While the science department experiences frequent change, with teachers coming and leaving annually, one face remains a constant.
Vinod Tonk, or Vinod-ji, has been a part of Woodstock for 24 years and currently works as a lab assistant. He is loved among all students.
“He always answers my questions, and he doesn’t judge me even if I ask something dumb,” Sapna Tayal, Class of 2021, said.
Many students feel the same way. “Vinod-ji is so helpful. Whenever we need anything for AP Biology, he’s always there,” Meher Datta, Class of 2019, said. “He’s great at what he does!”
Although Vinod-ji is originally from Mussoorie, before joining Woodstock, he worked at a travel office in Himachal Pradesh. He said that he came across opportunities and he grabbed them, which led him to where he is now.
He started working at the school from the age of 20.
“I’ve seen Woodstock change so much; when I joined in 1995, everything was so different: the people and the place. This change is good but it makes me nostalgic at times. I miss the old Woodstock, but we all change, and I surely have changed right beside Woodstock,” he said with a big smile.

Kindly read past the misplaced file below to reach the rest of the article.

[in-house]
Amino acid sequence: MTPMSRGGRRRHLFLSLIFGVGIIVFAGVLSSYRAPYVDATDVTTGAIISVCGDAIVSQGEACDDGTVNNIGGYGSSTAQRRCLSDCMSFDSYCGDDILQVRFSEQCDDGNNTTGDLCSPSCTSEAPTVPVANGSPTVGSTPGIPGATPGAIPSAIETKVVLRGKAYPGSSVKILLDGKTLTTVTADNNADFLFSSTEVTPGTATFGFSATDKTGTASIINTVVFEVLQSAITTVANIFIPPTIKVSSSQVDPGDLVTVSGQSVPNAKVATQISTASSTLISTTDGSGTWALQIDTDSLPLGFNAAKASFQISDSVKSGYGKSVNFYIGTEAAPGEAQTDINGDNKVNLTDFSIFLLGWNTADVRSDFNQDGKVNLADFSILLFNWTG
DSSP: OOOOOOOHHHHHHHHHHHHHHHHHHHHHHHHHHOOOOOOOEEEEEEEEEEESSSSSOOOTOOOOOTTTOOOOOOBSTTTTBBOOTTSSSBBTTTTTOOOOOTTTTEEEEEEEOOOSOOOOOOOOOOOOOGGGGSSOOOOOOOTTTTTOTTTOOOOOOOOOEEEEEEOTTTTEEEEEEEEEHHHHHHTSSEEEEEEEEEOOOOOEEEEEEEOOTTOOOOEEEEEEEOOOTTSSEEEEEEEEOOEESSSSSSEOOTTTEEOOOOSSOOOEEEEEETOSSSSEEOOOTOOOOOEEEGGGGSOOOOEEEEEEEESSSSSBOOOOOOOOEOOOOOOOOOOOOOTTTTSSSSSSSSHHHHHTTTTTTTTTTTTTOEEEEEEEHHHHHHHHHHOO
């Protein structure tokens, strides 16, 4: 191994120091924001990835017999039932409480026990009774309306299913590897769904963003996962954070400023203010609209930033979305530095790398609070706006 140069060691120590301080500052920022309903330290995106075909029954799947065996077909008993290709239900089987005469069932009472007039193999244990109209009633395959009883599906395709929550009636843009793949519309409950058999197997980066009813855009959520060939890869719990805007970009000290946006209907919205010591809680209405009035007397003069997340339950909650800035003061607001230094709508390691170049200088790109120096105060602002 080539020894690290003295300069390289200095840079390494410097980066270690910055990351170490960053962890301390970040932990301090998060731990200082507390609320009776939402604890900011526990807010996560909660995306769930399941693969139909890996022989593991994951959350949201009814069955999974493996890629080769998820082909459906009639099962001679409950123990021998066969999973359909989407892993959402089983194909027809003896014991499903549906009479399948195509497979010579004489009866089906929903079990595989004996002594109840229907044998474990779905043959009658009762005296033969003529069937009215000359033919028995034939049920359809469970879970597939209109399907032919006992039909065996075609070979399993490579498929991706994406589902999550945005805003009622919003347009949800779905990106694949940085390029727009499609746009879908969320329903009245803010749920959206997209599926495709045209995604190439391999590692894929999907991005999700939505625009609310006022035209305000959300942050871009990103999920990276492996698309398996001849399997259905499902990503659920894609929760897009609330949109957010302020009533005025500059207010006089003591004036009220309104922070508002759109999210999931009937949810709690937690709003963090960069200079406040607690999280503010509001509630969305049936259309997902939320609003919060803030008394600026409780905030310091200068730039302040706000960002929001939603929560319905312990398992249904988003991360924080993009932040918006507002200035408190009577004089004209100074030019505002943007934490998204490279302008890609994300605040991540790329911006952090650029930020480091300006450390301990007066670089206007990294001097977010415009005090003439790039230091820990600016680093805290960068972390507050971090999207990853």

During his time here, he hasn’t just seen Woodstock undergo change, but also himself. “I know so much more. Every day I learn something new, a new device, a new experiment or just something new about science. This new knowledge changes me.”
After he graduated from high school, Vinod-ji wanted to attend college, but due to his family’s financial conditions, “it wasn’t an option for [him] at the time.” And so, he joined Woodstock.
Initially, when Vinod-ji just started working at the school, he was a receptionist. He also worked with Mrs. Sanjaya Mark, director of Community Engagement.
He believes Mrs. Mark is one of the many people at Woodstock who has taught him a great deal. “She is so organized and she maintains everything so well that just being around those skills made me realize that organization is very important to complete anything,” he said.
Science came to him in the form of an accident. He said that he learned a lot about science from one of the science teachers at the time, Dr. Paul Taylor, who helped Vinod-ji become a lab assistant. They used to work together during Vinod-ji’s first few years, and he still looks up to him today.